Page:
Treating Asthma as an Inflammatory Disease: Allergic Asthma

The mast cell is a key player in the early allergic response that typically starts within minutes of exposure to an appropriate antigen. Acute symptoms peak within 10 to 15 min and typically resolve within 60 min of exposure to an adequate dose of antigen, Studies by Brightling et al and Carroll et al indicate that there is microlocalization of mast cells in the airway smooth muscle, suggesting that interactions between mast cells and smooth-muscle cells are critical for the development of the disordered airway function found in asthma. The mast cell surface-bound Ig E (IgE) is cross-linked by the antigen, leading to mast cell activation and release of potent mediators, such as histamine, leukotrienes, prostaglandin D2, bradykinin, and platelet-activating factor. This results in airway smooth-muscle contraction, edema, and enhanced mucous secretions leading to airflow limitation and acute asthma symptoms, such as nasal discharge, sneezing, bronchocon-striction, and skin weal and flare. Typically, an early phase response may induce a 25% reduction in FEV1. A conjunctival allergen challenge study has also shown increased levels of tryptase in the early phase allergic response. read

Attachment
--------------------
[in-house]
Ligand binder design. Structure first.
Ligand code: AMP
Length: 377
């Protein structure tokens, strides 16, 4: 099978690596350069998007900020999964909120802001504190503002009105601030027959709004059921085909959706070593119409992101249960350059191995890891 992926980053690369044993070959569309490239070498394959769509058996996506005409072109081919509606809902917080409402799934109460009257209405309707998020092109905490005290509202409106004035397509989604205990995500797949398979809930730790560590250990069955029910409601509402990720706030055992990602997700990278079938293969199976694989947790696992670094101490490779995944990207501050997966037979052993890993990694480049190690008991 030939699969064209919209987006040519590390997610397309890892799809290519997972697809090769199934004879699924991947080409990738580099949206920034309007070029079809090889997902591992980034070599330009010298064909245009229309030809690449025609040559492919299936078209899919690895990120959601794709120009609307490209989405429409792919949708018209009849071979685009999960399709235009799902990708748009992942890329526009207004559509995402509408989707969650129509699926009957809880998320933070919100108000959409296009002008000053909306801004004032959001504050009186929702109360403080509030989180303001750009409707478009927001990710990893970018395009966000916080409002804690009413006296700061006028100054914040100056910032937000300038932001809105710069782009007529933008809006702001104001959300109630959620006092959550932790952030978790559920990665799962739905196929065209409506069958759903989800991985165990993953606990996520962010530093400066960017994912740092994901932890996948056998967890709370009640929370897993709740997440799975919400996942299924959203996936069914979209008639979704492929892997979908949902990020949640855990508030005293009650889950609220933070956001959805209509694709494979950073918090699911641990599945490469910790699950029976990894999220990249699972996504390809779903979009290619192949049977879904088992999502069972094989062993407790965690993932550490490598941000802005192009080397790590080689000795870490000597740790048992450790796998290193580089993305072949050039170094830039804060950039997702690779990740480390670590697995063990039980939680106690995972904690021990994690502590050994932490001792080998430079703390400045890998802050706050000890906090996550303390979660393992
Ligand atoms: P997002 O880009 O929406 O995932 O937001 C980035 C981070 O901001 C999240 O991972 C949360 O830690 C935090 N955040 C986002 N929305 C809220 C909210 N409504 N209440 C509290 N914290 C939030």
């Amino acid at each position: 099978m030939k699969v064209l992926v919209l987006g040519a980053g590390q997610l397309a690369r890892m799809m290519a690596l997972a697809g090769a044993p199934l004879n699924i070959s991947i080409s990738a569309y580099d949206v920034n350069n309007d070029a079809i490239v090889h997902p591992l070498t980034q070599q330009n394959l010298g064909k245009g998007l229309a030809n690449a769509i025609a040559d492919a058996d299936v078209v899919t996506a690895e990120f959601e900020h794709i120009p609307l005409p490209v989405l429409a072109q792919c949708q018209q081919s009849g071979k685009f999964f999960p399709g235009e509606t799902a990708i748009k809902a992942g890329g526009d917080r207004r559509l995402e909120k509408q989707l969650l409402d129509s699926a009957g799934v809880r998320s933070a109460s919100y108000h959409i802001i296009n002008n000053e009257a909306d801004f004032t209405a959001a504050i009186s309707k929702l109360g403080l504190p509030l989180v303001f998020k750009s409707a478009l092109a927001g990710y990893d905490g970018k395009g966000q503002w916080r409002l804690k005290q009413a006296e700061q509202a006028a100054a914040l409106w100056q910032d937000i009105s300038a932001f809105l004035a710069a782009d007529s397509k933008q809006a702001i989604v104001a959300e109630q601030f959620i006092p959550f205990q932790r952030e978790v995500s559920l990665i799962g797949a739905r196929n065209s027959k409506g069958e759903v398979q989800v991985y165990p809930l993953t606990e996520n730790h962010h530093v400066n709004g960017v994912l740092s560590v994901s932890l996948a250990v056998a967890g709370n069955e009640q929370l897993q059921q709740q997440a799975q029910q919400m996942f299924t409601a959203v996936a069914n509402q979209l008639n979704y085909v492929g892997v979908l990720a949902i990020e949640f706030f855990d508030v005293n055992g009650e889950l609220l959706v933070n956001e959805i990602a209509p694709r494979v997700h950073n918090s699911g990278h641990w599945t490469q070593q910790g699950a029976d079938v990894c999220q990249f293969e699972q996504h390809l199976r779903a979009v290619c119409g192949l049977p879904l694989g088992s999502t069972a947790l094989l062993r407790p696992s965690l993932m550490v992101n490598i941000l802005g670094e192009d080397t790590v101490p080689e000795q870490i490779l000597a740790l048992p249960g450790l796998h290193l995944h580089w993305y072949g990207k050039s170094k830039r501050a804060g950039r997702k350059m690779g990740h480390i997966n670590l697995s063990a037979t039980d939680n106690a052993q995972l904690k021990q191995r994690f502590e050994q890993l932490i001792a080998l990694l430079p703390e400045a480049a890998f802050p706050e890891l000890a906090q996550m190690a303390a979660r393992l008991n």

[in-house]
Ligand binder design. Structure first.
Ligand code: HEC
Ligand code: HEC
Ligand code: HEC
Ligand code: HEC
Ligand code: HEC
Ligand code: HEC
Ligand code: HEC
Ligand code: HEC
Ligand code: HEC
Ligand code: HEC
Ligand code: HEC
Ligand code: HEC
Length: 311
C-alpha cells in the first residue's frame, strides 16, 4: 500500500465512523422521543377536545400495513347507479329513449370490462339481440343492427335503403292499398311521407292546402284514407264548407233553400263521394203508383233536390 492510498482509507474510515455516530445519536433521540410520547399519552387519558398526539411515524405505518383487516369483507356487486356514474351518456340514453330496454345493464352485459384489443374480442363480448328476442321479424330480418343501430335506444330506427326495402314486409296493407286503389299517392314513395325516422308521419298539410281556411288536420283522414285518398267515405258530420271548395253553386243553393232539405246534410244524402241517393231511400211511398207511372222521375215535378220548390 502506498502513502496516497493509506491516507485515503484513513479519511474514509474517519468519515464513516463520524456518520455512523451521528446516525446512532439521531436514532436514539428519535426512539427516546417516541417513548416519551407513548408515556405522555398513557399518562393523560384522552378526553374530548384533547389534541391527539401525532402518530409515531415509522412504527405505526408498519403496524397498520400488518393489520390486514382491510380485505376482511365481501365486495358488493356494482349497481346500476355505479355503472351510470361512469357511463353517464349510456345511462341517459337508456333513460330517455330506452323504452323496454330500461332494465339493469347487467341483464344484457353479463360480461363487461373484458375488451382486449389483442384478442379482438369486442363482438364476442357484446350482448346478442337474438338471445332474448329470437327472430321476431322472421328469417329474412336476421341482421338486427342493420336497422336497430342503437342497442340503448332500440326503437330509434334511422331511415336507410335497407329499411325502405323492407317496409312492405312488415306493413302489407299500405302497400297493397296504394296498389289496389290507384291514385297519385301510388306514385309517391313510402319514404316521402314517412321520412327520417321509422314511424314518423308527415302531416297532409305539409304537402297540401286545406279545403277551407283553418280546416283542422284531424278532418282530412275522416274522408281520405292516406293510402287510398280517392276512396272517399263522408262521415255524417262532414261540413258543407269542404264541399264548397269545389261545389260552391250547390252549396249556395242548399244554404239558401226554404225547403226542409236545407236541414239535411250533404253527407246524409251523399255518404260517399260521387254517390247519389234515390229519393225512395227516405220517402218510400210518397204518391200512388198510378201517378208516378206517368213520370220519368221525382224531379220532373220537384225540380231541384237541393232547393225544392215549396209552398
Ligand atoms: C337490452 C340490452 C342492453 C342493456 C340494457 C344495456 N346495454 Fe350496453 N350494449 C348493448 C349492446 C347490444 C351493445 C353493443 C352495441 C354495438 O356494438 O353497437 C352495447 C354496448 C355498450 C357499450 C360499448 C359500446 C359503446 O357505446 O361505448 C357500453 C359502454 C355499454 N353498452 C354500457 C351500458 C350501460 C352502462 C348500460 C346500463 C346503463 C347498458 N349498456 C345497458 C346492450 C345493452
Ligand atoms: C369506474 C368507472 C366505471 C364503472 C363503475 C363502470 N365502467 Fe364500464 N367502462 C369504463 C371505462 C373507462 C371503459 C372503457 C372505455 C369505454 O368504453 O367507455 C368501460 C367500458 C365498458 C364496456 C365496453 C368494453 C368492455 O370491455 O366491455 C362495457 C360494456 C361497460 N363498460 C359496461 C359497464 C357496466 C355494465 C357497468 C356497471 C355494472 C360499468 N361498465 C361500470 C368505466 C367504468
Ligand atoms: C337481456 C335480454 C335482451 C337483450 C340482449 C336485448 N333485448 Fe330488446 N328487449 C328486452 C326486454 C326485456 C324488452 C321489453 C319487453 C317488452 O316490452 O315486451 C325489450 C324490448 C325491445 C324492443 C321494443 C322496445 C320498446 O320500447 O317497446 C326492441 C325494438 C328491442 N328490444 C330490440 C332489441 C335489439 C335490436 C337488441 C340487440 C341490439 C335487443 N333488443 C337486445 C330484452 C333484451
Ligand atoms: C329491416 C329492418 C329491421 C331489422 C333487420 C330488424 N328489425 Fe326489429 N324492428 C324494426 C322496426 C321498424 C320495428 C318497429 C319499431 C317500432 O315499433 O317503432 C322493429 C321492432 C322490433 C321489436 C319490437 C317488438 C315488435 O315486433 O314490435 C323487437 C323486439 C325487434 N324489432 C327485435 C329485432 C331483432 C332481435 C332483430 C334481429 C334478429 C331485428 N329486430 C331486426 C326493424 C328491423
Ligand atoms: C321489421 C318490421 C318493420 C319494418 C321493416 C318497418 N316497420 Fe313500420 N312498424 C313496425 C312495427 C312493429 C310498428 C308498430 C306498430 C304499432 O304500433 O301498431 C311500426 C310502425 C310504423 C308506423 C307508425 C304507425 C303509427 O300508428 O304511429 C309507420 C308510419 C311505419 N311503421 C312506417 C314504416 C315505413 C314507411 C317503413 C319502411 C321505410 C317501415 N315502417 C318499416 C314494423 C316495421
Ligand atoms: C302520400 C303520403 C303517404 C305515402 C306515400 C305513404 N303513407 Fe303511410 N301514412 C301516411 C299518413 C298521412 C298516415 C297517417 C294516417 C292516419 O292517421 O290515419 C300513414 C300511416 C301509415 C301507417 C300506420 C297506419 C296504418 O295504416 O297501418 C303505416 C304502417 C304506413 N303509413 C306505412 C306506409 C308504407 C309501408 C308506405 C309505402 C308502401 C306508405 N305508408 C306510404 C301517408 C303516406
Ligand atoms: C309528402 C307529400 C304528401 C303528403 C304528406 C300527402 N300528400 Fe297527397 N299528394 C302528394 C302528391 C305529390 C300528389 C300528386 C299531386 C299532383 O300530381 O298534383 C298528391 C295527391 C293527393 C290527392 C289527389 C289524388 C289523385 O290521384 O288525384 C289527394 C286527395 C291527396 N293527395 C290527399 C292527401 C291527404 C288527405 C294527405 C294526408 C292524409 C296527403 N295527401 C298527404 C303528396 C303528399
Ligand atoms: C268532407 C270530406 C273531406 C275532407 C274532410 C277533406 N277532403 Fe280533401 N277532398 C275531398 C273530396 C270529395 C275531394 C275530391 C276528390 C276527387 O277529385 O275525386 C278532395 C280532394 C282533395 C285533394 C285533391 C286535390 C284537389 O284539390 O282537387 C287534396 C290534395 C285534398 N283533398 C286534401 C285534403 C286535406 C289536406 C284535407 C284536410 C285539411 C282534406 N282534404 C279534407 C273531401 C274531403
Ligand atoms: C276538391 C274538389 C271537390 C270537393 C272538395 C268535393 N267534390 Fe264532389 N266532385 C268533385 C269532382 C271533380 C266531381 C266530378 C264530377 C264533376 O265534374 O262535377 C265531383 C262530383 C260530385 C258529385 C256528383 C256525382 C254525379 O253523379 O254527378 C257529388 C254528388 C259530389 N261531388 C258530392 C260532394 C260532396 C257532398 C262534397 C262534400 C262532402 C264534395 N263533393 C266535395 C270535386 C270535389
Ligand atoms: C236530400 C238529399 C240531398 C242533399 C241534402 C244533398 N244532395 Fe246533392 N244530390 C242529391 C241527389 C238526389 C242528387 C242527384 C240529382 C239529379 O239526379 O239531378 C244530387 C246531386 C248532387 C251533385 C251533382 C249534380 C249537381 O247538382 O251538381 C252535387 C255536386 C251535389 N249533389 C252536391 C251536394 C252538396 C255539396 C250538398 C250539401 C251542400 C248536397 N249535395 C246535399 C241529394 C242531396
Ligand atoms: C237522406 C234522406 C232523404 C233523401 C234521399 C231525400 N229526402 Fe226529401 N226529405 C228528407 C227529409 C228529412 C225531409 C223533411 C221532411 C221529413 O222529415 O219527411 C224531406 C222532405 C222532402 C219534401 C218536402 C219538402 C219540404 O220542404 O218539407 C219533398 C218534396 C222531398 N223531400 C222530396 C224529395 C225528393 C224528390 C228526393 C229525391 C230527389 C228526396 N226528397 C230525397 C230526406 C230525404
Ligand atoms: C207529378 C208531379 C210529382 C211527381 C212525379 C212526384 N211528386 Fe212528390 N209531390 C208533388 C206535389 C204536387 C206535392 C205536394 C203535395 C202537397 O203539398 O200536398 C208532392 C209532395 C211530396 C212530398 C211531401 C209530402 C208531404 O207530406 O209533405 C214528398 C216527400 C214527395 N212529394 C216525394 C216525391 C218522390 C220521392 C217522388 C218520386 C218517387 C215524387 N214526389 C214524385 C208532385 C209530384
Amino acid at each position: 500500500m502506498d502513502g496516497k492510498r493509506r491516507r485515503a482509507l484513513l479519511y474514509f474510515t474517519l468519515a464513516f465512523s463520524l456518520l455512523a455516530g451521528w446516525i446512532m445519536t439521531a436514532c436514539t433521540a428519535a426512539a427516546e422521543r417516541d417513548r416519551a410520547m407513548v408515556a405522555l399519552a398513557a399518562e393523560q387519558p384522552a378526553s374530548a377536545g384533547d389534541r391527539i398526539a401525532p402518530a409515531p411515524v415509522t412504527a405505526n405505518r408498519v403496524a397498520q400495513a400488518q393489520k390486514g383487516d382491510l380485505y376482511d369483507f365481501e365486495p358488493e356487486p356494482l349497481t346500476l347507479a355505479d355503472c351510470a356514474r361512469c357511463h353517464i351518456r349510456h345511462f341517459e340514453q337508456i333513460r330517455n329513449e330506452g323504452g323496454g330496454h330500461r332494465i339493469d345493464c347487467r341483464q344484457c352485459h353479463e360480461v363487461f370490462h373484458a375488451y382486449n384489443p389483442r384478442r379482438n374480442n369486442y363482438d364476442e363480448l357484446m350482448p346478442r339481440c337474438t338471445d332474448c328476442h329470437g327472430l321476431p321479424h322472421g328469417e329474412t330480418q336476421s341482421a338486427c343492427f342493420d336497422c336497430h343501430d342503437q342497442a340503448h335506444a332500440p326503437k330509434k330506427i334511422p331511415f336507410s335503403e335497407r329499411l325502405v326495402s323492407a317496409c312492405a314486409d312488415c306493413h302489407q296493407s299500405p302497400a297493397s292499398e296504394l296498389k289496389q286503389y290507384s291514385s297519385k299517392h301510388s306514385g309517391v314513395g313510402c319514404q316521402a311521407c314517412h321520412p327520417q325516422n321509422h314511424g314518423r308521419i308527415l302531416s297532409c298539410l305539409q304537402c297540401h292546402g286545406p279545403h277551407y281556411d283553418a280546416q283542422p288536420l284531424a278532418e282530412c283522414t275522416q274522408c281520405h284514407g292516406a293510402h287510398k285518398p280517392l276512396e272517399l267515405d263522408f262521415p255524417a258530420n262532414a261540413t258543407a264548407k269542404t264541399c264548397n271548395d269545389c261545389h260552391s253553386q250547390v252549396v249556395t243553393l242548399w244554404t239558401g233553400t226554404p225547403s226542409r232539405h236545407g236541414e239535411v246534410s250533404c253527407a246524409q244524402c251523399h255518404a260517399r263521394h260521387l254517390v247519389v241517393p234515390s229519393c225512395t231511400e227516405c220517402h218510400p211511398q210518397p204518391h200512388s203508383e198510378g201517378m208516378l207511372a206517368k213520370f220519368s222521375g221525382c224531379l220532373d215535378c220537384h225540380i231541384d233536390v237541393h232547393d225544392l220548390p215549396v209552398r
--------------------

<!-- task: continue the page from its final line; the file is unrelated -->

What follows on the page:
The late phase response, which peaks 4 to 6 h after an allergen challenge, is typified by recruitment of T-cells and B-cells and eosinophils. In particular, T-helper type 2 cells secrete cytokines, contributing to eosinophil recruitment and activation, IgE production, mucous secretion, and expression of adhesion molecules, such as vascular cell adhesion molecule-1, which is essential for selective recruitment of eosinophils, and intercellular adhesion molecule (ICAM)-1, which is expressed on epithelial cells only on allergen exposure and is considered a hallmark of ongoing allergic inflammation. Eosinophils contain potent mediators, including major basic protein, eosinophil cationic protein, eosinophil-derived neurotoxin, and eosinophil peroxidase, all of which can induce airway damage and contribute to airway hyperresponsiveness. Eosinophils also have the capacity to generate other important factors, such as leukotrienes, cytokines, matrix metalloproteinase, and reactive oxygen species, which could contribute to airway obstruction and injury. Late and ongoing allergic symptoms include nasal congestion, ongoing asthma, and urticaria. Typically, a late phase response may induce a 75% reduction in FEV1.

This entry was posted in Asthma and tagged allergic rhinitis, asthma, corticosteroids, inflammation, remodeling.